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does not appear to form congregated bands, but roams for food singly, or in company with its mate alone. It is currently said and believed among the peasantry of the Alps to have carried off children to its nest.

Such a circumstance is barely possible. The following remarkable instance of its boldness and voracity is taken from Bruce's account, who narrates, in his “ Abyssinian Travels,” that “ his servants were preparing for dinner on the summit of a lofty mountain, when a Bearded Vulture, attracted by the smell of the goats' flesh which they were cooking, slowly made his advances towards the party, and at length fairly seated herself within the ring which they had formed. The affrighted natives started up and ran for their lances and shields; and the bird, after an ineffectual attempt to extract a portion of their meal from the boiling water, seized a large piece in each of his talons from a platter that stood by, and carried them off slowly along the ground as he came. After an interval of a few minutes, the Vulture returned for a second freight, but was shot by the traveller before it could carry its

purpose into effect."

This bold and powerful species is the largest of our European birds of prey, measuring upwards of four feet from beak to tail, and nine or ten in the expanse of wings. The Lämmergeyer breeds on the summit of the highest and most inaccessible cliffs, making no nest, but depositing its eggs on the naked rock: they are two in number, of a white colour, blotched with brown. The general colour of the upper parts is a strong grayish br in, the centre of each feather having a white longitudinal line. The neck, breast, and under parts are white, tinged with a wash of reddish brown or orange; the tail is graduated; the tarsi are bluish gray, the iris is orange; the beak four inches in length, and of a grayish flesh colour; the bristles at its base are black, and a black band passes through each eye, and sends off a narrow line of the same colour to meet on the top of the head. The second and third quillfeathers are the longest.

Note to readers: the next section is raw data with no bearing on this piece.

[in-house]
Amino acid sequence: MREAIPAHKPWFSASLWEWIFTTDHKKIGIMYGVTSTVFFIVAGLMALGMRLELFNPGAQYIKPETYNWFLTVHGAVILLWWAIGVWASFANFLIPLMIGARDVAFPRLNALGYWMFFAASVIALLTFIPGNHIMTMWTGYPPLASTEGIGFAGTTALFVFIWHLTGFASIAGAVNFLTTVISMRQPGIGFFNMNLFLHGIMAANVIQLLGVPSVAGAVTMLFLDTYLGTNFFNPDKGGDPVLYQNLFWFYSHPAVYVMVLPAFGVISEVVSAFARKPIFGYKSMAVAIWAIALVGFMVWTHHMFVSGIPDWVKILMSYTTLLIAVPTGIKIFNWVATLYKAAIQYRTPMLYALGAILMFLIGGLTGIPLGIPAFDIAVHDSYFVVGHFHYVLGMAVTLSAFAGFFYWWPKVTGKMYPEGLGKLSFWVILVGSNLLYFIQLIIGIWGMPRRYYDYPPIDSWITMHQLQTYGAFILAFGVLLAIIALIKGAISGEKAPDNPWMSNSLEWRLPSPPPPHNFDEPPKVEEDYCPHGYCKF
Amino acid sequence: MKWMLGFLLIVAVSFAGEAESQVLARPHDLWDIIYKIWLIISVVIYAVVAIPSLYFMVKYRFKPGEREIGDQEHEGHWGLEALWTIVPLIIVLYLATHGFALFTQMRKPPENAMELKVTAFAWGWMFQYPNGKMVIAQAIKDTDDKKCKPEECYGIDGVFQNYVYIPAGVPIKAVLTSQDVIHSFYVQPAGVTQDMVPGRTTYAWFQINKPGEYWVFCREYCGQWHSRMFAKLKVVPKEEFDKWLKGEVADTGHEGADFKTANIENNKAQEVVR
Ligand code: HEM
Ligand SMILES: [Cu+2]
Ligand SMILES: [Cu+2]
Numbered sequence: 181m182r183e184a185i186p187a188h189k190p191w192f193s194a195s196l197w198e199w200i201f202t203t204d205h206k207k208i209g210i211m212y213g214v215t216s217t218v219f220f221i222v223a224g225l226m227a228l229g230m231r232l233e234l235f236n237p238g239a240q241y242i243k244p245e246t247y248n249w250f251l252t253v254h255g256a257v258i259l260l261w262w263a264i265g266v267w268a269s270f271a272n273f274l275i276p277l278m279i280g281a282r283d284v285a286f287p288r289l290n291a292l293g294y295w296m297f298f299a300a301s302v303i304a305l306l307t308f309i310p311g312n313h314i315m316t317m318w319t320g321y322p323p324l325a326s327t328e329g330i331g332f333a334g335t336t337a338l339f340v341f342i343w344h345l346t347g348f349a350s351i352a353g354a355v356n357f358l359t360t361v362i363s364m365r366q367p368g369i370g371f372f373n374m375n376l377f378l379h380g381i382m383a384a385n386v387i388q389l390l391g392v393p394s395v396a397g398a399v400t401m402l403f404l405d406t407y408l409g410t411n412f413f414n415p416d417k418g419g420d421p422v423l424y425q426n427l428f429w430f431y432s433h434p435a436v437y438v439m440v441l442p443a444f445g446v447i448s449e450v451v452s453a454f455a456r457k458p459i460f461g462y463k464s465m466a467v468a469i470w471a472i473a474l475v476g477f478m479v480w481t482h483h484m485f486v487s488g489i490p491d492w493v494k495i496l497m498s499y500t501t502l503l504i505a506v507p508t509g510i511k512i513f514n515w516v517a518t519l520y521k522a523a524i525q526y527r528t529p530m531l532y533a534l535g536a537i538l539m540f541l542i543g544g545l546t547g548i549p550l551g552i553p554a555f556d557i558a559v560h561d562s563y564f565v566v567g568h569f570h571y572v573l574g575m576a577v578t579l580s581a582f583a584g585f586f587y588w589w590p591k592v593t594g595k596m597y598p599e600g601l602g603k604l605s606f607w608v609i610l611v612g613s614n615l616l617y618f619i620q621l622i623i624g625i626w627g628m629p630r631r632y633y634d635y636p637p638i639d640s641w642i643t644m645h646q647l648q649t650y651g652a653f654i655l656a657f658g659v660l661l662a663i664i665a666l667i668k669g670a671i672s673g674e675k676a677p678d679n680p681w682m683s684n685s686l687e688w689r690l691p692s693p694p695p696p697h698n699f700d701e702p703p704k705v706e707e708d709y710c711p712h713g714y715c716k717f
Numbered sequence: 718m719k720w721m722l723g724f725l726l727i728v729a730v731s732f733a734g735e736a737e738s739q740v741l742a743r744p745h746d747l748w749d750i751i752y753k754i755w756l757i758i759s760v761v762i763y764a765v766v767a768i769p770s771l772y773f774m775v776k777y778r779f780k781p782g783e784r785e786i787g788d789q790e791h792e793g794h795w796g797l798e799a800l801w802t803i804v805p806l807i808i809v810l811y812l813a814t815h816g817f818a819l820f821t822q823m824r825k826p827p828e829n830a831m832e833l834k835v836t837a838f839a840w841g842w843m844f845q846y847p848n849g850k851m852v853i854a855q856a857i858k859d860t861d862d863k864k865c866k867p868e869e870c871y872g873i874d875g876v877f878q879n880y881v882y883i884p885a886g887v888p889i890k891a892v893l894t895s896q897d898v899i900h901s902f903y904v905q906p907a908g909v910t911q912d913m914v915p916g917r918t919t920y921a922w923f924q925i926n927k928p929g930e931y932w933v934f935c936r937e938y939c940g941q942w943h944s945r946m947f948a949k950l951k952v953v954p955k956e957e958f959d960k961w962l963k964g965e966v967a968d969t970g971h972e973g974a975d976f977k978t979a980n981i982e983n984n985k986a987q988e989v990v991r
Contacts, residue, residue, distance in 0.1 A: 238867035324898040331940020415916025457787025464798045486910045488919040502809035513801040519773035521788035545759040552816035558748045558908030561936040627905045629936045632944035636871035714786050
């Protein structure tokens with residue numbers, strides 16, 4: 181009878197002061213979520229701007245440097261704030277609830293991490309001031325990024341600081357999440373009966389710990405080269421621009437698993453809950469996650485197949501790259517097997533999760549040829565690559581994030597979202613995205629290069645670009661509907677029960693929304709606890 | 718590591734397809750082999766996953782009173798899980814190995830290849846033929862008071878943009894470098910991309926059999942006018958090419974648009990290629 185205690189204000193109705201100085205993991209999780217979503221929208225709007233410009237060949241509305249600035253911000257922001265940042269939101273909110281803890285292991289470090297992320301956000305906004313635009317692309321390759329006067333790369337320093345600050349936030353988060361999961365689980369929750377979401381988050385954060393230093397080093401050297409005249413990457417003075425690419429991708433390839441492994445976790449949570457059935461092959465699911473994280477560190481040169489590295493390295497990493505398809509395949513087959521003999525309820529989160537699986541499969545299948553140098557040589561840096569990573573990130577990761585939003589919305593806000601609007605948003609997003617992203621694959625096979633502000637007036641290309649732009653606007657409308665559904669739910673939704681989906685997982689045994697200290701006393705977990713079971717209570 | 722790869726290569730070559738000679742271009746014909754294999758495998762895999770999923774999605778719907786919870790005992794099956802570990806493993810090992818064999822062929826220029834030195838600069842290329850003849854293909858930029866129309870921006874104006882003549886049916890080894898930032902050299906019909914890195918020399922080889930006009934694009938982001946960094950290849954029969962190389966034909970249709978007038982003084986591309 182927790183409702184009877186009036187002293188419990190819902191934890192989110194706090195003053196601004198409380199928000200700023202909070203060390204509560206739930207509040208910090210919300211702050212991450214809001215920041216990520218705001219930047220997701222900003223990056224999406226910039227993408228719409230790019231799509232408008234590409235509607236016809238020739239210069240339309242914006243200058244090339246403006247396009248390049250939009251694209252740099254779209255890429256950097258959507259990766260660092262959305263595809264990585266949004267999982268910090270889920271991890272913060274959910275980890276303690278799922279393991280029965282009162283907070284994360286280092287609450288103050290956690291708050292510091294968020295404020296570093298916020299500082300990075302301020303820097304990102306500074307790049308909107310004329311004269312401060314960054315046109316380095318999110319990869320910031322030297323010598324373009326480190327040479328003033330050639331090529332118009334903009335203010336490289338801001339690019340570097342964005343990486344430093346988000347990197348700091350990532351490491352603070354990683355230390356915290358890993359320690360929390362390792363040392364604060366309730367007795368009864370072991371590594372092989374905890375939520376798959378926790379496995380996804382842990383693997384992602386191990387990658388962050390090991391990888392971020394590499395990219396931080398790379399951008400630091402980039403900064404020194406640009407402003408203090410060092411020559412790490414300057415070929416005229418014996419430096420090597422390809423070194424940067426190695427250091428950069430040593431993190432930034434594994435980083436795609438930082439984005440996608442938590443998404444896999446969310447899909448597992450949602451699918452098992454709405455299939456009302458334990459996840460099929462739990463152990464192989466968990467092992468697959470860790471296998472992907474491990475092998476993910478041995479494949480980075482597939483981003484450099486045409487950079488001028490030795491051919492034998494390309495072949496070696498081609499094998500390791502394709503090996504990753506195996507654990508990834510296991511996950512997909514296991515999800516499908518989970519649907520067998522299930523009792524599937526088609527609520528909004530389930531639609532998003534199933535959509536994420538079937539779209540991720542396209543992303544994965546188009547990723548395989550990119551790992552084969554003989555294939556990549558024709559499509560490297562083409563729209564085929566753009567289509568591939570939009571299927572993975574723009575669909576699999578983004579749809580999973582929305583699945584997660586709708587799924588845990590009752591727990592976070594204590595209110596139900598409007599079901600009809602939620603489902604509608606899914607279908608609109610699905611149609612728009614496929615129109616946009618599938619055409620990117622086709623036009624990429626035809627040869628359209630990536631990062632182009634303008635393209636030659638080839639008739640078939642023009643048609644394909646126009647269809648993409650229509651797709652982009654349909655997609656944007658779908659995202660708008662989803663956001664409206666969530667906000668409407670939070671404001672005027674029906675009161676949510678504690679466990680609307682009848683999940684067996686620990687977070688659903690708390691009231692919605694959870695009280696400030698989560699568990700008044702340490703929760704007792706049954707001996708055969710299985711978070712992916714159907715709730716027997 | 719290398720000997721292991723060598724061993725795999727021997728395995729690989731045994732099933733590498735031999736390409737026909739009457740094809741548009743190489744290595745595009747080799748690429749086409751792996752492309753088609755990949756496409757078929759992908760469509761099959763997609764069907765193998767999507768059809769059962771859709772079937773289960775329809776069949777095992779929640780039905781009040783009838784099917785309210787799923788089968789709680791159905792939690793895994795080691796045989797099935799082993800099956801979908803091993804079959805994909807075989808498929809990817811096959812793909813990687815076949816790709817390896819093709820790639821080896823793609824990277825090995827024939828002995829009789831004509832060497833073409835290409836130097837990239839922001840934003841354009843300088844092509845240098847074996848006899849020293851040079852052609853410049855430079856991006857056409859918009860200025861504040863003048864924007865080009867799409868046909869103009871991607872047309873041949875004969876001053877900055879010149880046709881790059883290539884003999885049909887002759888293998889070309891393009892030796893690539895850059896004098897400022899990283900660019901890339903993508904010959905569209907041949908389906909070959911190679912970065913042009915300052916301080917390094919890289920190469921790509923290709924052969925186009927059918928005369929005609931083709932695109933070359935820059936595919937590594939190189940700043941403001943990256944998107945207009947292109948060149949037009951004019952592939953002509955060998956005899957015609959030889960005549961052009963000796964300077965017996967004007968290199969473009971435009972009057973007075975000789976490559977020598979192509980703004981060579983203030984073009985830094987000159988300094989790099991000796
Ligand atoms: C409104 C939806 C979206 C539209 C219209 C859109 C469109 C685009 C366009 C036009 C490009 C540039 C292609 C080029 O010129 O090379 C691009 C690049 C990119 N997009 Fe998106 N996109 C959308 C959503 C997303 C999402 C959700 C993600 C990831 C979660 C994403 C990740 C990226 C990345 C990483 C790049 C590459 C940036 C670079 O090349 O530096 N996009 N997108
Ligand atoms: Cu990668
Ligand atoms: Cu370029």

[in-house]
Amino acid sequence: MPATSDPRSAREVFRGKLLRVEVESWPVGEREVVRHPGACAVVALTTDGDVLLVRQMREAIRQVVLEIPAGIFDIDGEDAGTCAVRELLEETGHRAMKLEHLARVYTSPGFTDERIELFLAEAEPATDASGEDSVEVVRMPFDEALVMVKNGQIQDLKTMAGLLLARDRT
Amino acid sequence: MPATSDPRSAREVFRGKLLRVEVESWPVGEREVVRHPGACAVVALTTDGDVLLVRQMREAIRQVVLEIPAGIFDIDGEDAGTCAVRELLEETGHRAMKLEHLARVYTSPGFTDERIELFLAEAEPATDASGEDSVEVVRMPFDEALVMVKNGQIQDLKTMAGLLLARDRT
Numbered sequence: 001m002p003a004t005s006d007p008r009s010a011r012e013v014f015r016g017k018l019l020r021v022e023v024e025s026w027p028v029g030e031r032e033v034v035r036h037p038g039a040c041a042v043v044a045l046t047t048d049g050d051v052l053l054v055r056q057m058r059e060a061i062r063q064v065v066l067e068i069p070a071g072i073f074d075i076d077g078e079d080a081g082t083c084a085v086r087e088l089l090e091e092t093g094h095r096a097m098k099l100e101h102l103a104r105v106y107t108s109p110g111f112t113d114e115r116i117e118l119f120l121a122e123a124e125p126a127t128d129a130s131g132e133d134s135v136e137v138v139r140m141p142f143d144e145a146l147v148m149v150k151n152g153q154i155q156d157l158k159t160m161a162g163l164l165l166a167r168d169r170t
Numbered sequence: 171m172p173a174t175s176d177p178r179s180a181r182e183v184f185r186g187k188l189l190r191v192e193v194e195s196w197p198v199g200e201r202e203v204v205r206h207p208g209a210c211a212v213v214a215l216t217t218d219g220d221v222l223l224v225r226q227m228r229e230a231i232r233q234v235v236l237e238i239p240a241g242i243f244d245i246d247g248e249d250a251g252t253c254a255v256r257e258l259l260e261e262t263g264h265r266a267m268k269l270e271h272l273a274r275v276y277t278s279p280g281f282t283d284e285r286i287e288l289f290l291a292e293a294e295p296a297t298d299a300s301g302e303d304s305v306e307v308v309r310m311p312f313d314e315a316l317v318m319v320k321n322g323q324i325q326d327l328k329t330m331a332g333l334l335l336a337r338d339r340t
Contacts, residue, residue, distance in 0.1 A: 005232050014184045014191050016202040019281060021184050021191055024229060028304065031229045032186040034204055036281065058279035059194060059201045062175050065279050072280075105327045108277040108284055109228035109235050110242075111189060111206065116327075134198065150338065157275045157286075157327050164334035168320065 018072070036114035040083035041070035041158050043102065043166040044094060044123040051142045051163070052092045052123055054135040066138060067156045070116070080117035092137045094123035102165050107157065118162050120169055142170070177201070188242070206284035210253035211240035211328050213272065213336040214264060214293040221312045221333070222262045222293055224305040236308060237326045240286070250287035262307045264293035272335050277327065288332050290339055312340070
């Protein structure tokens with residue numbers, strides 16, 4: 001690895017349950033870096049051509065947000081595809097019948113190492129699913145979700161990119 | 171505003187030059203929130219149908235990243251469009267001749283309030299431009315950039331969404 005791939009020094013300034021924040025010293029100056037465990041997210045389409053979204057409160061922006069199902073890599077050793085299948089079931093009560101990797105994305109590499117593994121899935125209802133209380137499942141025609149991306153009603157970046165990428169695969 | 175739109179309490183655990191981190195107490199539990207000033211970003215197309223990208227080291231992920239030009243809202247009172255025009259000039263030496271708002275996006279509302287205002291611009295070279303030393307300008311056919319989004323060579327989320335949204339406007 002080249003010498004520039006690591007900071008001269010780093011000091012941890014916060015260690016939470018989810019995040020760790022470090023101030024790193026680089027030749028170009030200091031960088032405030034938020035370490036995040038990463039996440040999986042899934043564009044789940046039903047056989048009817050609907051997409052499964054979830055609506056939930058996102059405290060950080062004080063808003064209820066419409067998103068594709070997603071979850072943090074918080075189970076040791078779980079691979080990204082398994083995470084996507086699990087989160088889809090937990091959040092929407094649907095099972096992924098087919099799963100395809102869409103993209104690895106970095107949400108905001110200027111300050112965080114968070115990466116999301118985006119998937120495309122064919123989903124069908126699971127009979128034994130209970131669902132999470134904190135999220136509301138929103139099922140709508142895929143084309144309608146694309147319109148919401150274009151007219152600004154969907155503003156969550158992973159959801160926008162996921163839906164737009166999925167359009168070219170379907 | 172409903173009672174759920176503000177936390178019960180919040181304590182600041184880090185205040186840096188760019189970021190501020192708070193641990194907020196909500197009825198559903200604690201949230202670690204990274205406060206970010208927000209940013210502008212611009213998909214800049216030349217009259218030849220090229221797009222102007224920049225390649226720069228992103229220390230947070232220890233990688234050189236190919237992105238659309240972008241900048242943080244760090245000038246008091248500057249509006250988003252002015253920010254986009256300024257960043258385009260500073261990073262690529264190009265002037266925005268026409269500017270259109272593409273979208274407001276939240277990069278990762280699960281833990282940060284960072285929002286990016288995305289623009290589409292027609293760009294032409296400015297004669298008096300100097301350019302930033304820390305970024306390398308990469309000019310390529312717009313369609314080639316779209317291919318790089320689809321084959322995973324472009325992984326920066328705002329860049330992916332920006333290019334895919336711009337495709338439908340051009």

Here we close our sketch of the Vultures, a family of no trifling importance in the economy of nature. The services to which they are appointed may perhaps be revolting to the mind of the over-refined but superficial observer, who is unacquainted with the wise dispensations of Providence, by which a due balance and order in the component parts of the system of nature is ever maintained; he may regard the foul-feeding, indolent Vulture with contempt or abhorrence, not considering that its habits are well and wisely appointed by him, who has ordered all things, who has founded the universe, and whose “ knowledge is past finding out.” How much more revolting to the truly philosophic mind are the habits of men who, with immortal souls at stake, riot in intemperance and gluttony, whose lives are passed in besotted licentiousness, and in the grossest vice, who in this world forfeit honour and good name, cast from them the precepts of morality and the truths of the christian's faith, and die as they lived, in hardness and rebellion against that Saviour who is able and willing to save !

We now commence the second family of the Raptorial Order; it is that containing the most sanguinary birds of prey.

FAMILY FALCONIDÆ.

The family designated Falconide, comprehends several subordinate groups, agreeing in general outlines, yet separated from each other by marked and essential characteristics. Taken as a whole, we may call them the lions, tigers, and leopards of the feathered race. They live by slaughter, they carry on a war of ruthless extermination, and surround their lonely nests with the relics of many a bloody feast.

Their port is free and noble, their eyes piercing, their body firm and compact, their flight rapid and impetuous, their beak and talons are hooked, sharp, and formidable. They live alone, or in pairs; some on the cliffs of the seashore, some on the highest mountains, some among the secluded recesses of the woods, and some on wide heaths and moors. All are busy and active in the destruction of life. Some, perched on a rocky height, or on the topmost branches of a tree, mark their prey at a